ADDIS ABABA/KHARTOUM - Sudan and South Sudan on Monday began their first direct high-level talks on border security since a series of frontier clashes threatened to drag the former civil war foes back into a full-scale conflict.
Perched atop some of Africa's most significant crude reserves, the two countries have been mired in disputes over oil revenues and demarcation of their new border since South Sudan gained independence in July.
The African Union-mediated talks were cut short after South Sudan seized the Heglig oil field in a disputed border region in April, only to withdraw later under heavy international pressure.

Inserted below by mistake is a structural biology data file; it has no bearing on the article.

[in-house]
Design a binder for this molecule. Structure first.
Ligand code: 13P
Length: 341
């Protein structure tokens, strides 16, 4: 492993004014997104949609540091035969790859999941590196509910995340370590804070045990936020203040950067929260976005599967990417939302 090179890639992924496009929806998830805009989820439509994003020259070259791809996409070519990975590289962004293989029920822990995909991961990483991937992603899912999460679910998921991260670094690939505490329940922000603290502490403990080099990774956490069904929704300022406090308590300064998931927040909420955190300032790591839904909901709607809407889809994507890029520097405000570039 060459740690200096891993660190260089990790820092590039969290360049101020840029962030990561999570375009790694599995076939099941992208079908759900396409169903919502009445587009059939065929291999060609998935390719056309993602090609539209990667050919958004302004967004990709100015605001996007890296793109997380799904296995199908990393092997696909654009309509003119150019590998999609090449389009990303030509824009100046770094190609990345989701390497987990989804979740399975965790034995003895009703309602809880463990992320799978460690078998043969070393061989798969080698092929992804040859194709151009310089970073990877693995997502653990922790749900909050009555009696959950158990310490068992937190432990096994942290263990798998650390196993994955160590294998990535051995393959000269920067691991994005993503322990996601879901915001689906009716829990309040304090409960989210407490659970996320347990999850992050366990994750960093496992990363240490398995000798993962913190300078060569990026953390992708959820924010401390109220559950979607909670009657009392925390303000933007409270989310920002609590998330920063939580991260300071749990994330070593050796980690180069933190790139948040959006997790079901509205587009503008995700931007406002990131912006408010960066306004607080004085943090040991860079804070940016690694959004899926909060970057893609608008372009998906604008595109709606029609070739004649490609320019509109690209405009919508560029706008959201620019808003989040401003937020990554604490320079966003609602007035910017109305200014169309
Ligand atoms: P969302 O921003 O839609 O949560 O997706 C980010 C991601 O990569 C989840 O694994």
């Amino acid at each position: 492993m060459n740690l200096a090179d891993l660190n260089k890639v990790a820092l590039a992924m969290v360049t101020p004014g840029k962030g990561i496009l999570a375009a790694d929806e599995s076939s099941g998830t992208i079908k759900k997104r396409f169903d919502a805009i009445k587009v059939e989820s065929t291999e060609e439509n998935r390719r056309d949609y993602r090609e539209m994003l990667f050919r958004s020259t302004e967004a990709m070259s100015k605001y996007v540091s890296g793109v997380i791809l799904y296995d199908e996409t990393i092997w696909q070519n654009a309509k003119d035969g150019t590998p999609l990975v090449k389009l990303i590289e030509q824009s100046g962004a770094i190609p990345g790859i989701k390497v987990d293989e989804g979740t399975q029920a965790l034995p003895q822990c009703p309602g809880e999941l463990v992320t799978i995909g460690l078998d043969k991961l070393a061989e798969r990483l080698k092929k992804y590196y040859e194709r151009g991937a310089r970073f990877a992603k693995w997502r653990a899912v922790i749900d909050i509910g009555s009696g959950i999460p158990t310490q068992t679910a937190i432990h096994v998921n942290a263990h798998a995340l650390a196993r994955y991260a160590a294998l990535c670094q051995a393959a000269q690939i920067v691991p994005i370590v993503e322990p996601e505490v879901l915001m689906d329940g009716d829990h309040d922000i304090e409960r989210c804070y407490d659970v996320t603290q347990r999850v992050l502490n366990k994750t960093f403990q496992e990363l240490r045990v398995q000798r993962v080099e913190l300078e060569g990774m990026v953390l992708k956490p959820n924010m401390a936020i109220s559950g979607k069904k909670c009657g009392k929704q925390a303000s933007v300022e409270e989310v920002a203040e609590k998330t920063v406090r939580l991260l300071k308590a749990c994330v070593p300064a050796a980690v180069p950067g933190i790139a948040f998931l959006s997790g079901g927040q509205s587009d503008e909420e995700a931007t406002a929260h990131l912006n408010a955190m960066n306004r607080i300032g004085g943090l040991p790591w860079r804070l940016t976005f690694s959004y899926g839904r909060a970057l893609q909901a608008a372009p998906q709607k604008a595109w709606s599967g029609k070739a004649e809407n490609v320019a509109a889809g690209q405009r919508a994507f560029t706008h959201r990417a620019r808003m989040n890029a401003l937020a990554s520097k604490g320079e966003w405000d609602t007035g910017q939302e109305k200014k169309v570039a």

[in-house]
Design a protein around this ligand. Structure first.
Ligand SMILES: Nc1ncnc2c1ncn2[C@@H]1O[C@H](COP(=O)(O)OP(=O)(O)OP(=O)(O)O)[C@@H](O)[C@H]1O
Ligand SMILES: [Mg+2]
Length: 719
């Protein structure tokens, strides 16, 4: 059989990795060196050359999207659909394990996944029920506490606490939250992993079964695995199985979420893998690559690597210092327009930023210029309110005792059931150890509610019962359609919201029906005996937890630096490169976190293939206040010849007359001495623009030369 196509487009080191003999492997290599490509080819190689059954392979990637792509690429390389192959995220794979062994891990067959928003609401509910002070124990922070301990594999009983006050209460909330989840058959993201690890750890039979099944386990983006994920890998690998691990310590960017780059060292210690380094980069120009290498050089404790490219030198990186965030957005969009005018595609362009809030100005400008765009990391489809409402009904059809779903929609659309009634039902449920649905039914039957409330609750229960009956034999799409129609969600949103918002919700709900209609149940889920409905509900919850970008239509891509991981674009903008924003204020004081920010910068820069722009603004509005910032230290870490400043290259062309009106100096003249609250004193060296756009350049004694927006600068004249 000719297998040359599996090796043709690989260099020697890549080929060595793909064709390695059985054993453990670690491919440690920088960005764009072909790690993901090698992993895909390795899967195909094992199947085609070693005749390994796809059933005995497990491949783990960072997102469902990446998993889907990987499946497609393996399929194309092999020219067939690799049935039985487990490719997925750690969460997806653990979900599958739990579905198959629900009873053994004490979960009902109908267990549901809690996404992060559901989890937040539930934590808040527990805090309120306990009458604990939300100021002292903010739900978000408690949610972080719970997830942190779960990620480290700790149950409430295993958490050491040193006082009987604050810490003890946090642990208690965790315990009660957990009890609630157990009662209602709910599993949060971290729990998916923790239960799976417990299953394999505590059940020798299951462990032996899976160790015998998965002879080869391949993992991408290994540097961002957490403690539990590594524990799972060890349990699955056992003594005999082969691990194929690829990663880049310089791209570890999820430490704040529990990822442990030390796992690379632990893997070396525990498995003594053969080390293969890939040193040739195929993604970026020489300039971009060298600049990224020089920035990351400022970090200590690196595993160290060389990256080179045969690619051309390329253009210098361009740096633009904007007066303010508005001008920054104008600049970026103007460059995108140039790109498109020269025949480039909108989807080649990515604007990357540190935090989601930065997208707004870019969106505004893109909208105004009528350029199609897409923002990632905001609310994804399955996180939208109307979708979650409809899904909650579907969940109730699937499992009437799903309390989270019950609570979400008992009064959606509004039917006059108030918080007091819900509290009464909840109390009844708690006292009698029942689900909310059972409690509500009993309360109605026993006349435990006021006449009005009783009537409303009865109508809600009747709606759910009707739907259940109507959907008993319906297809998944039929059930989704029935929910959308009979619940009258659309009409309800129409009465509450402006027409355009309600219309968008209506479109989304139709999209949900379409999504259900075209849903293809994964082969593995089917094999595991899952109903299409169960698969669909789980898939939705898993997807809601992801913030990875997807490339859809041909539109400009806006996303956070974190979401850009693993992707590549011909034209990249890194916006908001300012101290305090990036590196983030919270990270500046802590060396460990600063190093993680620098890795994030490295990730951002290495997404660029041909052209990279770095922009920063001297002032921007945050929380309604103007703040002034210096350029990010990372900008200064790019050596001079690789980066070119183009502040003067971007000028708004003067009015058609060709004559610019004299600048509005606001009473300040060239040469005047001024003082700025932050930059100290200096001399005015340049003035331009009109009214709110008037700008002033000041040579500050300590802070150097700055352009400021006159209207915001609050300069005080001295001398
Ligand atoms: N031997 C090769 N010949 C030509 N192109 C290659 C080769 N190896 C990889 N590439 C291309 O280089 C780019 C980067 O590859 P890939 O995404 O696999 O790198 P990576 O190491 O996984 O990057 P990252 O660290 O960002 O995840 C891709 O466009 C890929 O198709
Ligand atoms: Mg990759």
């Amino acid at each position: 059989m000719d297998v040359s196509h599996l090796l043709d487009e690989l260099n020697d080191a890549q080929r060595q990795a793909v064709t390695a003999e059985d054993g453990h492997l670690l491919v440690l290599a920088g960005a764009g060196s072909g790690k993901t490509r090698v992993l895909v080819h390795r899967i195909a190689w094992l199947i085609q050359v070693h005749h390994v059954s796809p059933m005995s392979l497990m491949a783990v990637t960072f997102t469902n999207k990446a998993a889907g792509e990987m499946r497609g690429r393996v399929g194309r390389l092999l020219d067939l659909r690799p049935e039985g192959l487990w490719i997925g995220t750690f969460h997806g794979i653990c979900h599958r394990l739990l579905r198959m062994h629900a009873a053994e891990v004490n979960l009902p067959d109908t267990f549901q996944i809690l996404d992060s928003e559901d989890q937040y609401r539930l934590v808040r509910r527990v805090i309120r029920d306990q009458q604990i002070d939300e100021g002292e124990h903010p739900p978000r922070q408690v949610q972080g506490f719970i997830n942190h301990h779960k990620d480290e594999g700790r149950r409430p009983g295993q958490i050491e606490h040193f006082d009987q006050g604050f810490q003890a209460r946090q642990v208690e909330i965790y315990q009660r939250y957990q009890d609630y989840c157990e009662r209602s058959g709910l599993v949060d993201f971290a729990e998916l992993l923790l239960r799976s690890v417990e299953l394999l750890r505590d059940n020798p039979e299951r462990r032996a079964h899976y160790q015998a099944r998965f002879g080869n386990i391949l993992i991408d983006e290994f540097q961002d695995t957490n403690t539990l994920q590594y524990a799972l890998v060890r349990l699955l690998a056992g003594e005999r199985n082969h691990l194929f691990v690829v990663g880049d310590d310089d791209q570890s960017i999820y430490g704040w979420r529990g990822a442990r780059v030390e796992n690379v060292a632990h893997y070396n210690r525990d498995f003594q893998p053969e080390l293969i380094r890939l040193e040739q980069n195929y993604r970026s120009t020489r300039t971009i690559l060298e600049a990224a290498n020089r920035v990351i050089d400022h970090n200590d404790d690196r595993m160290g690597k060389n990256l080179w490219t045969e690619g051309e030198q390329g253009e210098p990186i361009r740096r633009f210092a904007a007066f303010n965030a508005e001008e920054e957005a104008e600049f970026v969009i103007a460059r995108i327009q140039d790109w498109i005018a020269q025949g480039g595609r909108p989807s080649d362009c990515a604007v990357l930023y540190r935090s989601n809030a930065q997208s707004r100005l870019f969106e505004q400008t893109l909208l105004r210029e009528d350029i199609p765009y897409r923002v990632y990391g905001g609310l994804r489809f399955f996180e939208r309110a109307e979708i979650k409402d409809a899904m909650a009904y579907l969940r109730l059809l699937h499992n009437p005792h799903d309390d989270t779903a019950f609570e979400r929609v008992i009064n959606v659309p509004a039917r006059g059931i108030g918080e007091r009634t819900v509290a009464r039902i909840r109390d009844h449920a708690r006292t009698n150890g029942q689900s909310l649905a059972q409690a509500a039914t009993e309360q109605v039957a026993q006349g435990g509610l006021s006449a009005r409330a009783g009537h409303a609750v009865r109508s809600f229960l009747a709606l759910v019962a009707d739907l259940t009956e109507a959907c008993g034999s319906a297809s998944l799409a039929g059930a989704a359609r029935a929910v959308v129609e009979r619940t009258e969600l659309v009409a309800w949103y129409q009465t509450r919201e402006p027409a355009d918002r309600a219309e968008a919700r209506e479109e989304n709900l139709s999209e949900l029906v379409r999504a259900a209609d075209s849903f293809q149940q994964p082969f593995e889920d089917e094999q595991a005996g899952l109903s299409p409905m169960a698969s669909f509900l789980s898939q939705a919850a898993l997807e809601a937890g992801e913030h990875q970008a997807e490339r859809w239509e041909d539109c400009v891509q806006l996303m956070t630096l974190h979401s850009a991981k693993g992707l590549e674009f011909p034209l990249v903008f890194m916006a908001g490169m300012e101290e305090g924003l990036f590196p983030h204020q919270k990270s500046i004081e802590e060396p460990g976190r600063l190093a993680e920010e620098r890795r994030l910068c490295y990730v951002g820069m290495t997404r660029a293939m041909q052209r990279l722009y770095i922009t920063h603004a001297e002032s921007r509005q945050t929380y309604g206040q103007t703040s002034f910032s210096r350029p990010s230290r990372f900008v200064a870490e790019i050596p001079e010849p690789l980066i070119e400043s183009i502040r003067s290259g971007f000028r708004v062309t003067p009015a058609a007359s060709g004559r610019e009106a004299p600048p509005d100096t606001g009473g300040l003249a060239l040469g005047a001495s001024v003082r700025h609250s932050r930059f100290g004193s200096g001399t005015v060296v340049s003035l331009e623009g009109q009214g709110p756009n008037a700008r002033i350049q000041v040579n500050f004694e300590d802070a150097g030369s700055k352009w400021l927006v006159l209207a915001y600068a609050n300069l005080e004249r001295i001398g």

The two returned to peace talks last week, after the United Nations threatened to impose sanctions if they failed to stop fighting and hammer out a deal.
"We are here for the joint political and security mechanism meetings - the body... that is primarily drawing up the safe and demilitarized border zone," South Sudan's Foreign Minister Nhial Deng told Reuters ahead of the talks in the Ethiopian capital.
"We are always optimistic; you have to be, because it is optimism that fuels hope and hope helps you achieve success."